In neighboring Hendon, a constituency with the second largest Jewish population, the Tories’ pre-election majority more than doubled to over 4,000 votes as David Pinto-Duschinsky, one of up to nine Jews standing as Labour candidates, was easily defeated.
And in Chipping Barnet, which contains about 6,000 Jewish voters, Tory Cabinet minister Theresa Villiers pushed her majority from just over 300 to 1,212. Labour had gone into the election hopeful that it could unseat Villiers, a prominent pro-Israel voice in the House of Commons.
In another London marginal with a sizable Jewish vote, Harrow East, the Tories’ Bob Blackman beat Labour by 8,170 votes, more than four times his majority at the 2017 election.
The Tory majority also rose sharply in Hertsmere, just beyond the capital, which contains the biggest Jewish community outside of London. Holly Kal-Weiss, another Jewish Labour candidate, saw her party’s vote drop by seven points in a seat where 15% of voters are Jewish.
In Bury South, in the north-west of England, the Conservatives overturned a nearly 6,000 Labour majority in a seat with 9,000 Jewish voters. It had been represented for 22 years by Ivan Lewis, a Jewish Labour MP who served as a minister in the last Labour government. Lewis quit Labour last year and endorsed the Tories in the general election. He estimated this week that 5-10% of Jewish voters in the seat would back Labour, down from 60-65% in recent elections.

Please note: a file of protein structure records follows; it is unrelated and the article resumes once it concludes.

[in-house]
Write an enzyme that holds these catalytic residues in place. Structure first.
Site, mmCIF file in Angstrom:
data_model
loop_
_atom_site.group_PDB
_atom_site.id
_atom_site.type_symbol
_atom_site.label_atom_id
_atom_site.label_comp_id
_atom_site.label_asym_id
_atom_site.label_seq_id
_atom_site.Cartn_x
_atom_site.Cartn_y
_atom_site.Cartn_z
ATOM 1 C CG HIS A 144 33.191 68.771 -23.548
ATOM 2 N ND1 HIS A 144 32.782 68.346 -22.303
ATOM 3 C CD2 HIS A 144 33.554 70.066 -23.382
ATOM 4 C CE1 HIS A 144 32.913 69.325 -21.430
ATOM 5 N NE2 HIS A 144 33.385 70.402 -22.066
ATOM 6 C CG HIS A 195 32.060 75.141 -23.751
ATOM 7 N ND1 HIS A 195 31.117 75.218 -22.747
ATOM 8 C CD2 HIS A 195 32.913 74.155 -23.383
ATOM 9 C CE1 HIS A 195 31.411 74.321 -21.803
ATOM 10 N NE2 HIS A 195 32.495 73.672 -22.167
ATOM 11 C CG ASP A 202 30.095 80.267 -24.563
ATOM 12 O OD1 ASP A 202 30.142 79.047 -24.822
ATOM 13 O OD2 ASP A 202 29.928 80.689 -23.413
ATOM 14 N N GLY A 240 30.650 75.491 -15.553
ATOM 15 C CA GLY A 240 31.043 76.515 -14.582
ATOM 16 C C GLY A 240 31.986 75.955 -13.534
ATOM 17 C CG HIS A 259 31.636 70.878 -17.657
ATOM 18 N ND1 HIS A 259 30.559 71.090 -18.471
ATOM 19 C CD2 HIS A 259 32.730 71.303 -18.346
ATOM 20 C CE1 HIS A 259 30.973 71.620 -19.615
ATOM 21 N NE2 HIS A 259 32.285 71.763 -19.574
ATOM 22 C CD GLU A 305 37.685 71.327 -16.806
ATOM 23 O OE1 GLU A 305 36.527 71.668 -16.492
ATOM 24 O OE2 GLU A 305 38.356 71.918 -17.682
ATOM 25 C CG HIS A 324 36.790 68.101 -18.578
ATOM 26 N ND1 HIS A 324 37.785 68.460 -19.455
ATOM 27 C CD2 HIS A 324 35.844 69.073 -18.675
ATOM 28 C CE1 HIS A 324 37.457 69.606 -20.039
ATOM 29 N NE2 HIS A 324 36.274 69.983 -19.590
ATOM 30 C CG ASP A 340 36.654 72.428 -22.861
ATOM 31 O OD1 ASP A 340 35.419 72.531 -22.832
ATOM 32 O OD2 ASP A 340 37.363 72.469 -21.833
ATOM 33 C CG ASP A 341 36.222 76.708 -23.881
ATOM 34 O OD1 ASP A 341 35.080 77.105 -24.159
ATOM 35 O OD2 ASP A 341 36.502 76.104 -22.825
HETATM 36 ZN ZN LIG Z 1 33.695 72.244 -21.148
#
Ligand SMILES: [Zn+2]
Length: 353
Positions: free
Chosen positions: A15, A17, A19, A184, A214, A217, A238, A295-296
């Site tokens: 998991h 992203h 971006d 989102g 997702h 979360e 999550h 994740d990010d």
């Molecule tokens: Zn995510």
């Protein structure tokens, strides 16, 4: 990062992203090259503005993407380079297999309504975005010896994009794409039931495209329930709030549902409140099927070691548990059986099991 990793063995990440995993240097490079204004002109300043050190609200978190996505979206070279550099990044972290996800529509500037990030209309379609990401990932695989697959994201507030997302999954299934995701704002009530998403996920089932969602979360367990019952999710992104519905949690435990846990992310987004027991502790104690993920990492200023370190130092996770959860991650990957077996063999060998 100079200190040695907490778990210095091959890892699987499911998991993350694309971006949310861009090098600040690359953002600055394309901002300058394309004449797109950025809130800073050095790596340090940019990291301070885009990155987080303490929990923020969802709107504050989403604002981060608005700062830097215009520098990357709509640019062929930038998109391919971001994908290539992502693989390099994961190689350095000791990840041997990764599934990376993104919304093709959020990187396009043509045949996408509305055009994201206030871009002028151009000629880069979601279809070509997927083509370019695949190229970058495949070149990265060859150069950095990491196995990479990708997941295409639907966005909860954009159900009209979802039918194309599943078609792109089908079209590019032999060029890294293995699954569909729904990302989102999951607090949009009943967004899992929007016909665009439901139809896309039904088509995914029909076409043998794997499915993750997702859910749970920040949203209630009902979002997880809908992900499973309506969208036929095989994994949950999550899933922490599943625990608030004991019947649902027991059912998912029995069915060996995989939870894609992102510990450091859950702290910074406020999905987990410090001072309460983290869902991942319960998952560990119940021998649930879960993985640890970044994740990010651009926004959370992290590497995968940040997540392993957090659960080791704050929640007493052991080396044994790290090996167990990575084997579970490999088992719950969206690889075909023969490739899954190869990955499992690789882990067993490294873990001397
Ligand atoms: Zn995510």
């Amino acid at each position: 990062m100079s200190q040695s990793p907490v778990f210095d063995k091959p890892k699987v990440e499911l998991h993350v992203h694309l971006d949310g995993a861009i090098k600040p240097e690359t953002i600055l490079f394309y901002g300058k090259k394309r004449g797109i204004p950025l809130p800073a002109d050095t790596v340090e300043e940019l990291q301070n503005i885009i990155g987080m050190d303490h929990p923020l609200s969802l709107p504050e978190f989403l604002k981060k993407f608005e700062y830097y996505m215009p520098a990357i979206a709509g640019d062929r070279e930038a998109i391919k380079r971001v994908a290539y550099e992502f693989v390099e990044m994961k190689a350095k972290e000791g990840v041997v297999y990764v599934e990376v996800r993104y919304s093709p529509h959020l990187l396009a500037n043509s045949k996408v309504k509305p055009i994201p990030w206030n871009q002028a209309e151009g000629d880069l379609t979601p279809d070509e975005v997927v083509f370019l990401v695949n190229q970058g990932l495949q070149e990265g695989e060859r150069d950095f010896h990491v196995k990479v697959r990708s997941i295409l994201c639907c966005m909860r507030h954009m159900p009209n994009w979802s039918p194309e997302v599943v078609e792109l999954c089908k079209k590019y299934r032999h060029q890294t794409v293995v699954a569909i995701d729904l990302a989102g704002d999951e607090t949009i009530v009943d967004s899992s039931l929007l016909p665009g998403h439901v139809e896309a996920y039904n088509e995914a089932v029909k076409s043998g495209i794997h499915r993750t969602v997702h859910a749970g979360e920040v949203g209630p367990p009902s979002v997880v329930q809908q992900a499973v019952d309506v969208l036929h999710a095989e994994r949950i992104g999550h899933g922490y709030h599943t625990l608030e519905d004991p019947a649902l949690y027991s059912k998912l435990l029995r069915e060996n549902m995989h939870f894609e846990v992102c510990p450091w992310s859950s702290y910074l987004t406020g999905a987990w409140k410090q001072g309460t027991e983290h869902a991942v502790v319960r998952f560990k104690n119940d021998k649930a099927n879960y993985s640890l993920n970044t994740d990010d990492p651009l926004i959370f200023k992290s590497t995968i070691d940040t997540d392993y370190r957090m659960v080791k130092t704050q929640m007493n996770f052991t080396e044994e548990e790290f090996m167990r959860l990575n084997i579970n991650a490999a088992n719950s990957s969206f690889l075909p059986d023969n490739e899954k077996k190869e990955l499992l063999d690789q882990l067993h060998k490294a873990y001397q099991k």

There was better news for Labour in Leeds North East, home to much of the Yorkshire city’s 10,000 Jewish voters. The party’s Jewish candidate, Fabian Hamilton, comfortably retained the seat. Hamilton, who has faced criticism for serving on Labour’s frontbench under Corbyn, defeated a Tory candidate who was suspended by the party following revelations that he had suggested that British Jews visiting Israel were returning to the UK as “brainwashed extremists.”